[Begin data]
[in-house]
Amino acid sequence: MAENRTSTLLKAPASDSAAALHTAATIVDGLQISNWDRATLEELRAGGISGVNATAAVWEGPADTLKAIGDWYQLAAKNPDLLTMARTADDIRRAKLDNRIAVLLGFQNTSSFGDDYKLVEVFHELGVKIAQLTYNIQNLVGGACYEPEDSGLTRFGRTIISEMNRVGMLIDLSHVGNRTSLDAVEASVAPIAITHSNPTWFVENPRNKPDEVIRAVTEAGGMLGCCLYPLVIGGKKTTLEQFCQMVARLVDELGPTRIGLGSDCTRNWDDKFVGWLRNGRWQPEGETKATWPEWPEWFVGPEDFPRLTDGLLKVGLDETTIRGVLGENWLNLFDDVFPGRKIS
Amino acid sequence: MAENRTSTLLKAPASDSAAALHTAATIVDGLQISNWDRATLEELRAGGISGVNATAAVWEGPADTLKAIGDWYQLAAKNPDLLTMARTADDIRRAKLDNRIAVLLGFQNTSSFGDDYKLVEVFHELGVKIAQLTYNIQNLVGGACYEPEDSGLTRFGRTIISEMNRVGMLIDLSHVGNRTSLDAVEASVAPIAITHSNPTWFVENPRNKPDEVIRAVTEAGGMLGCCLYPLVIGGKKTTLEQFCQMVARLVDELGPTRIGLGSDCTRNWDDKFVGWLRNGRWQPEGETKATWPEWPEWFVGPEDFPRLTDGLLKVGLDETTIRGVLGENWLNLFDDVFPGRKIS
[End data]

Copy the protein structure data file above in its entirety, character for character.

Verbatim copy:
[in-house]
Amino acid sequence: MAENRTSTLLKAPASDSAAALHTAATIVDGLQISNWDRATLEELRAGGISGVNATAAVWEGPADTLKAIGDWYQLAAKNPDLLTMARTADDIRRAKLDNRIAVLLGFQNTSSFGDDYKLVEVFHELGVKIAQLTYNIQNLVGGACYEPEDSGLTRFGRTIISEMNRVGMLIDLSHVGNRTSLDAVEASVAPIAITHSNPTWFVENPRNKPDEVIRAVTEAGGMLGCCLYPLVIGGKKTTLEQFCQMVARLVDELGPTRIGLGSDCTRNWDDKFVGWLRNGRWQPEGETKATWPEWPEWFVGPEDFPRLTDGLLKVGLDETTIRGVLGENWLNLFDDVFPGRKIS
Amino acid sequence: MAENRTSTLLKAPASDSAAALHTAATIVDGLQISNWDRATLEELRAGGISGVNATAAVWEGPADTLKAIGDWYQLAAKNPDLLTMARTADDIRRAKLDNRIAVLLGFQNTSSFGDDYKLVEVFHELGVKIAQLTYNIQNLVGGACYEPEDSGLTRFGRTIISEMNRVGMLIDLSHVGNRTSLDAVEASVAPIAITHSNPTWFVENPRNKPDEVIRAVTEAGGMLGCCLYPLVIGGKKTTLEQFCQMVARLVDELGPTRIGLGSDCTRNWDDKFVGWLRNGRWQPEGETKATWPEWPEWFVGPEDFPRLTDGLLKVGLDETTIRGVLGENWLNLFDDVFPGRKIS